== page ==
ABSTRACT: Several indicators have been used to analyze scientific journals, with the impact factor and the number of citations in a 2-yr calendar time frame (2-YRC) being the most common factors. However, considering that the Journal of Applied Physiology (JAPPL) appears monthly and that calculations of these indicators are based on citations of papers published in previous years, we hypothesized that articles published at the beginning of the year would be cited more in the 2-YRC compared with those appearing in the last issues of the year, a phenomena known as a relative age effect. Our objective was to confirm the existence of a relative age effect in the 2-YRC for original articles published in JAPPL. From 2005 to 2008, a total of 1,726 original articles were published, according to the Web of Science, and 9,973 citations in 2-YRC, varying from 0 to 45, with a mean of 5.78 for individual papers. Although there were no differences in the number of original articles published in a given month (P = 0.99), the 2-YRC varied considerably throughout the year, being higher for those earlier issues of the year, as shown by the linear regression analysis (r(2) = 0.76; P < 0.001). The 2-YRC began at 6.62 during the first 3 mo of the year, dropping by 10% at each 3-mo period. In summary, the longer an article has been out there, the more citations it collects. The relative age effect is a potential confounding variable for the assessment and interpretation of 2-YRC (using calendar years) from JAPPL original articles.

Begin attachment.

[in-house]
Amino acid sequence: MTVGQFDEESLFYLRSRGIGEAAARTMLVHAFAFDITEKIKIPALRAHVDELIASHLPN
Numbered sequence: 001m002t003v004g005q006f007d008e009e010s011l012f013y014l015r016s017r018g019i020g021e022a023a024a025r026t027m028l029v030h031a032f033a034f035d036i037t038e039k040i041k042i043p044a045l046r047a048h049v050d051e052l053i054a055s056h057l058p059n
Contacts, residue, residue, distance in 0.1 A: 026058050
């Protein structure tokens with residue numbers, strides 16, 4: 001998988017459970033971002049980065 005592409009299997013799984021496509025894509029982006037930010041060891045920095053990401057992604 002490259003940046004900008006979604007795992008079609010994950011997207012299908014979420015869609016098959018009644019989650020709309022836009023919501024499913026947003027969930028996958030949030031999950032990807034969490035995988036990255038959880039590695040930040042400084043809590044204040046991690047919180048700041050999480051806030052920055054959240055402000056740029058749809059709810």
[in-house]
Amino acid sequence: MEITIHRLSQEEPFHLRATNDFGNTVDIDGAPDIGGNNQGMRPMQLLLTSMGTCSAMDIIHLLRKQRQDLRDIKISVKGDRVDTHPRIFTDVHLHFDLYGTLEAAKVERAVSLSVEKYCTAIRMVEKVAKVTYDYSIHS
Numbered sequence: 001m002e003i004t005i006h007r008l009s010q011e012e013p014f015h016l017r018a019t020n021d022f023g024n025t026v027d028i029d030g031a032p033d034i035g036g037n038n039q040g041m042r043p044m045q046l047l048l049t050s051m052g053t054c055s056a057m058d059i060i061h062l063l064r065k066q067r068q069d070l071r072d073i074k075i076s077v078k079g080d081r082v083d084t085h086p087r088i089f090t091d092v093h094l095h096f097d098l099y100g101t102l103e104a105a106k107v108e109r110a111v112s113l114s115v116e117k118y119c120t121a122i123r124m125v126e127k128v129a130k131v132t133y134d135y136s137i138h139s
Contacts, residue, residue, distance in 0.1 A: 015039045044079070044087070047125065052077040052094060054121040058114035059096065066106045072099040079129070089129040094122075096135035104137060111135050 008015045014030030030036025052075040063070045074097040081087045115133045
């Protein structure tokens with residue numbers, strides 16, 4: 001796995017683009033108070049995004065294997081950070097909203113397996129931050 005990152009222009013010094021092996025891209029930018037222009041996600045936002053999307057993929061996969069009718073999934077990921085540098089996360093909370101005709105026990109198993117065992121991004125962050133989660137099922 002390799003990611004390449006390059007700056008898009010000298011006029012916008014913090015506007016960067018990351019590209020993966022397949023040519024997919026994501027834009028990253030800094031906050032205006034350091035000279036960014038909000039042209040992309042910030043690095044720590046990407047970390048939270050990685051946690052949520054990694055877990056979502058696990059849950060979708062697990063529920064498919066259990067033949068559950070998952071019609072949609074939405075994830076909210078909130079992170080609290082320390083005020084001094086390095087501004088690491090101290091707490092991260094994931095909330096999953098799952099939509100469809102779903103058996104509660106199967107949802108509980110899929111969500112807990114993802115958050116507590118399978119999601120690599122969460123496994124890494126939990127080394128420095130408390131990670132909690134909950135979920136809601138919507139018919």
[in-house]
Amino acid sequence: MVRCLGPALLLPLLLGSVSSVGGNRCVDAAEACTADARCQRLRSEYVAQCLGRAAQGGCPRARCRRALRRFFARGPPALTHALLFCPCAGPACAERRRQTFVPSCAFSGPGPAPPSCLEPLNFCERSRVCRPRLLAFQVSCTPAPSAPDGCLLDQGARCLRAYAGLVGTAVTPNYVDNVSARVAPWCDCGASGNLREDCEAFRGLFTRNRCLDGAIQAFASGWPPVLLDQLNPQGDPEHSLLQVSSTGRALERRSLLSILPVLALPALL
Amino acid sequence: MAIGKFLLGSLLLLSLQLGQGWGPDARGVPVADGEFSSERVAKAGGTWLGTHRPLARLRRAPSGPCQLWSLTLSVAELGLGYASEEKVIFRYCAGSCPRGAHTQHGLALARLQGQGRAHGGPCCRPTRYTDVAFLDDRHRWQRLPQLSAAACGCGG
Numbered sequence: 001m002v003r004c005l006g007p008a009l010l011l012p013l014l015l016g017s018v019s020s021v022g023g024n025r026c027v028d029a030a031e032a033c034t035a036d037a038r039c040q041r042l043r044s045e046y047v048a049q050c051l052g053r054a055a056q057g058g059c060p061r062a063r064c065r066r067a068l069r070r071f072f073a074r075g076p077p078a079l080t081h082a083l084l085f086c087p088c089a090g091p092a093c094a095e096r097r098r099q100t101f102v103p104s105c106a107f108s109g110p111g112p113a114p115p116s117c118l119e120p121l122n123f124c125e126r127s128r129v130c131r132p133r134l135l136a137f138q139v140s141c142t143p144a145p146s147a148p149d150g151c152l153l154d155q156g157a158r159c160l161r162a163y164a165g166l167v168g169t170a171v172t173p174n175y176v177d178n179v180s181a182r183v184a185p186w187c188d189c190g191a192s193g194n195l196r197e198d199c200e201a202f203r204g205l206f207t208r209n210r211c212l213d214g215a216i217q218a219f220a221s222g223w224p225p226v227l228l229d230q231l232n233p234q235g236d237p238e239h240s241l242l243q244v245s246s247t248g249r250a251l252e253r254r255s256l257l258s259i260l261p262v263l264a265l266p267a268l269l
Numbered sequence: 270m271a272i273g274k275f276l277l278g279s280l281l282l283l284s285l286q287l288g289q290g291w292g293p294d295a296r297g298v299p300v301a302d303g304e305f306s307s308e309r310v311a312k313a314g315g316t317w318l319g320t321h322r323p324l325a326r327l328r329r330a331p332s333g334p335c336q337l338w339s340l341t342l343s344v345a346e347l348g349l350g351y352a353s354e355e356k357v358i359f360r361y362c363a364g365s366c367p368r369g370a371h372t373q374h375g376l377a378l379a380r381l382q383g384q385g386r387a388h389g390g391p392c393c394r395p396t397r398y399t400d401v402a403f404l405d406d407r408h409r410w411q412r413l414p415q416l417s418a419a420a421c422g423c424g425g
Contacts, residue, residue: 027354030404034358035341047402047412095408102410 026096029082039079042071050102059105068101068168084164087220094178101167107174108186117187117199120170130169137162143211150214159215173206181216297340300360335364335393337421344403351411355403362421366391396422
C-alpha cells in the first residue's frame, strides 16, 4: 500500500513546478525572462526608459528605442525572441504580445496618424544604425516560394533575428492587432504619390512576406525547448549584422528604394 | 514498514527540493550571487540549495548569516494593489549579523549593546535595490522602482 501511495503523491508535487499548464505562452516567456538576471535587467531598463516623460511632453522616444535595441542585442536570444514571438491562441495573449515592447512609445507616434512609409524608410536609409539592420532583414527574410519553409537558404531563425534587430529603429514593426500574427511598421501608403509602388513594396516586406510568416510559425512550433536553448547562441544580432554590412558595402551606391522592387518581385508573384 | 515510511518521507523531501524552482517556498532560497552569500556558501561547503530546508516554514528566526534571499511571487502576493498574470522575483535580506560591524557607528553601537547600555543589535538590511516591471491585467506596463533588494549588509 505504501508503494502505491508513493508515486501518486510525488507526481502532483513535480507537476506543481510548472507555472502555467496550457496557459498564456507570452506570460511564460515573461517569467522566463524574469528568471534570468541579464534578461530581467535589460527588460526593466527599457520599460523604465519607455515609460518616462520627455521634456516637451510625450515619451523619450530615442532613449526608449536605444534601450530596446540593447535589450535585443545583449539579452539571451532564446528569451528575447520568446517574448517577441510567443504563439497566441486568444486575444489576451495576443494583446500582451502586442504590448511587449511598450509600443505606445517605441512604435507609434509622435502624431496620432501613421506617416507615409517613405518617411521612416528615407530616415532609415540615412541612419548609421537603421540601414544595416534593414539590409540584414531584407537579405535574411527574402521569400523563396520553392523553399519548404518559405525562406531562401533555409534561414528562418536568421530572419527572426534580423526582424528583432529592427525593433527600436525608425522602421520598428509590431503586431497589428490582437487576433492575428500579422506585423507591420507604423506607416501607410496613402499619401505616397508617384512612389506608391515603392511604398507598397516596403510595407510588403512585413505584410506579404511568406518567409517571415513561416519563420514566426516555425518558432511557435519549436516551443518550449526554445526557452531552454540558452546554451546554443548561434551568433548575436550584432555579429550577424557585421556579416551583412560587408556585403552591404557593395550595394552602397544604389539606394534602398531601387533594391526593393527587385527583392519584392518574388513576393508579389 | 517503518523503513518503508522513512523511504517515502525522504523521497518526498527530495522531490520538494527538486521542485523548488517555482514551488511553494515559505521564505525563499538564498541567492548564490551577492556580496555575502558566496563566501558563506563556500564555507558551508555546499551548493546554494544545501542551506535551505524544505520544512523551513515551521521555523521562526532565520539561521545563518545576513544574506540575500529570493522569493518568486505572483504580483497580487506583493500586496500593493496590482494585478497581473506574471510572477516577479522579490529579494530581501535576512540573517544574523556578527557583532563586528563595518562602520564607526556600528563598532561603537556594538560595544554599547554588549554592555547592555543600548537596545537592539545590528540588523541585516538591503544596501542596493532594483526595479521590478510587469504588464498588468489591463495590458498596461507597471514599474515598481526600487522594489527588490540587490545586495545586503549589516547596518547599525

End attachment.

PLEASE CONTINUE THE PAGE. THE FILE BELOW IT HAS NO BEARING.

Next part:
Journal of Applied Physiology 03/2012; 112(9):1434-6. · 3.75 Impact Factor